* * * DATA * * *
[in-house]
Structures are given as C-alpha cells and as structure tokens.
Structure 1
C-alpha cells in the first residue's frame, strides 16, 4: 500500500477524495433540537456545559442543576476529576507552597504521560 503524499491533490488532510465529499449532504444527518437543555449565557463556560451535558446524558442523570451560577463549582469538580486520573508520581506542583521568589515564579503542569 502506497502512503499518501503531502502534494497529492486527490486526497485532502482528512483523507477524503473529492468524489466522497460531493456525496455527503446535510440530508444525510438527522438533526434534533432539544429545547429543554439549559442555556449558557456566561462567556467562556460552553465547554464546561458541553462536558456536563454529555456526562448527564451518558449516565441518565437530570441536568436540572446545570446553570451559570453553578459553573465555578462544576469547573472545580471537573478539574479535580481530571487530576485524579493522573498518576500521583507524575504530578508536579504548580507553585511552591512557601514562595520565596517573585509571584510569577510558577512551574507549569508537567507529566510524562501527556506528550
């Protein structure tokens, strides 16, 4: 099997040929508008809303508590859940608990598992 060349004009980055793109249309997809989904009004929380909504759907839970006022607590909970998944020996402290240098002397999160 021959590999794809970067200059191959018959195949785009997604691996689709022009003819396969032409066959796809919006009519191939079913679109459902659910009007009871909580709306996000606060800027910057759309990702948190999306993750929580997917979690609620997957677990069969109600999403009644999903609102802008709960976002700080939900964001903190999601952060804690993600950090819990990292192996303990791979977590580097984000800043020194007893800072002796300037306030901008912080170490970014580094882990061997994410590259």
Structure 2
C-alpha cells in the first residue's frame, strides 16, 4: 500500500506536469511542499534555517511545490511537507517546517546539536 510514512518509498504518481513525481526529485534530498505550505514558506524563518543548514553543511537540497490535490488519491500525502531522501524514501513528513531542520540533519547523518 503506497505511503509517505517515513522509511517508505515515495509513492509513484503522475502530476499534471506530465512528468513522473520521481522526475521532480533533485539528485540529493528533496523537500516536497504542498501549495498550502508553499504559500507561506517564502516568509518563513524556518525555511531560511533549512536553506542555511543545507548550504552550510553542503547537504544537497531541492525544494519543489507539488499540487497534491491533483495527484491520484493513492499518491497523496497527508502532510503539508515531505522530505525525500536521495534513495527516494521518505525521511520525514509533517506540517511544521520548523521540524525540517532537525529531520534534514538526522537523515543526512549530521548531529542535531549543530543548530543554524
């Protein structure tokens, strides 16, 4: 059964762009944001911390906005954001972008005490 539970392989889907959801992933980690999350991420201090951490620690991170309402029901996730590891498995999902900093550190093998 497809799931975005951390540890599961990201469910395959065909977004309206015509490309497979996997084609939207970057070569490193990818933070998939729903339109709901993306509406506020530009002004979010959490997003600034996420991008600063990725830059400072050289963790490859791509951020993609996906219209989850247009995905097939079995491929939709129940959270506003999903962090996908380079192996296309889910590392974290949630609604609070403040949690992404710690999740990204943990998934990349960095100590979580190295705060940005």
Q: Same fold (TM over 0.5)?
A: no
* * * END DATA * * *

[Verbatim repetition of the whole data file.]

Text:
[in-house]
Structures are given as C-alpha cells and as structure tokens.
Structure 1
C-alpha cells in the first residue's frame, strides 16, 4: 500500500477524495433540537456545559442543576476529576507552597504521560 503524499491533490488532510465529499449532504444527518437543555449565557463556560451535558446524558442523570451560577463549582469538580486520573508520581506542583521568589515564579503542569 502506497502512503499518501503531502502534494497529492486527490486526497485532502482528512483523507477524503473529492468524489466522497460531493456525496455527503446535510440530508444525510438527522438533526434534533432539544429545547429543554439549559442555556449558557456566561462567556467562556460552553465547554464546561458541553462536558456536563454529555456526562448527564451518558449516565441518565437530570441536568436540572446545570446553570451559570453553578459553573465555578462544576469547573472545580471537573478539574479535580481530571487530576485524579493522573498518576500521583507524575504530578508536579504548580507553585511552591512557601514562595520565596517573585509571584510569577510558577512551574507549569508537567507529566510524562501527556506528550
């Protein structure tokens, strides 16, 4: 099997040929508008809303508590859940608990598992 060349004009980055793109249309997809989904009004929380909504759907839970006022607590909970998944020996402290240098002397999160 021959590999794809970067200059191959018959195949785009997604691996689709022009003819396969032409066959796809919006009519191939079913679109459902659910009007009871909580709306996000606060800027910057759309990702948190999306993750929580997917979690609620997957677990069969109600999403009644999903609102802008709960976002700080939900964001903190999601952060804690993600950090819990990292192996303990791979977590580097984000800043020194007893800072002796300037306030901008912080170490970014580094882990061997994410590259």
Structure 2
C-alpha cells in the first residue's frame, strides 16, 4: 500500500506536469511542499534555517511545490511537507517546517546539536 510514512518509498504518481513525481526529485534530498505550505514558506524563518543548514553543511537540497490535490488519491500525502531522501524514501513528513531542520540533519547523518 503506497505511503509517505517515513522509511517508505515515495509513492509513484503522475502530476499534471506530465512528468513522473520521481522526475521532480533533485539528485540529493528533496523537500516536497504542498501549495498550502508553499504559500507561506517564502516568509518563513524556518525555511531560511533549512536553506542555511543545507548550504552550510553542503547537504544537497531541492525544494519543489507539488499540487497534491491533483495527484491520484493513492499518491497523496497527508502532510503539508515531505522530505525525500536521495534513495527516494521518505525521511520525514509533517506540517511544521520548523521540524525540517532537525529531520534534514538526522537523515543526512549530521548531529542535531549543530543548530543554524
């Protein structure tokens, strides 16, 4: 059964762009944001911390906005954001972008005490 539970392989889907959801992933980690999350991420201090951490620690991170309402029901996730590891498995999902900093550190093998 497809799931975005951390540890599961990201469910395959065909977004309206015509490309497979996997084609939207970057070569490193990818933070998939729903339109709901993306509406506020530009002004979010959490997003600034996420991008600063990725830059400072050289963790490859791509951020993609996906219209989850247009995905097939079995491929939709129940959270506003999903962090996908380079192996296309889910590392974290949630609604609070403040949690992404710690999740990204943990998934990349960095100590979580190295705060940005």
Q: Same fold (TM over 0.5)?
A: no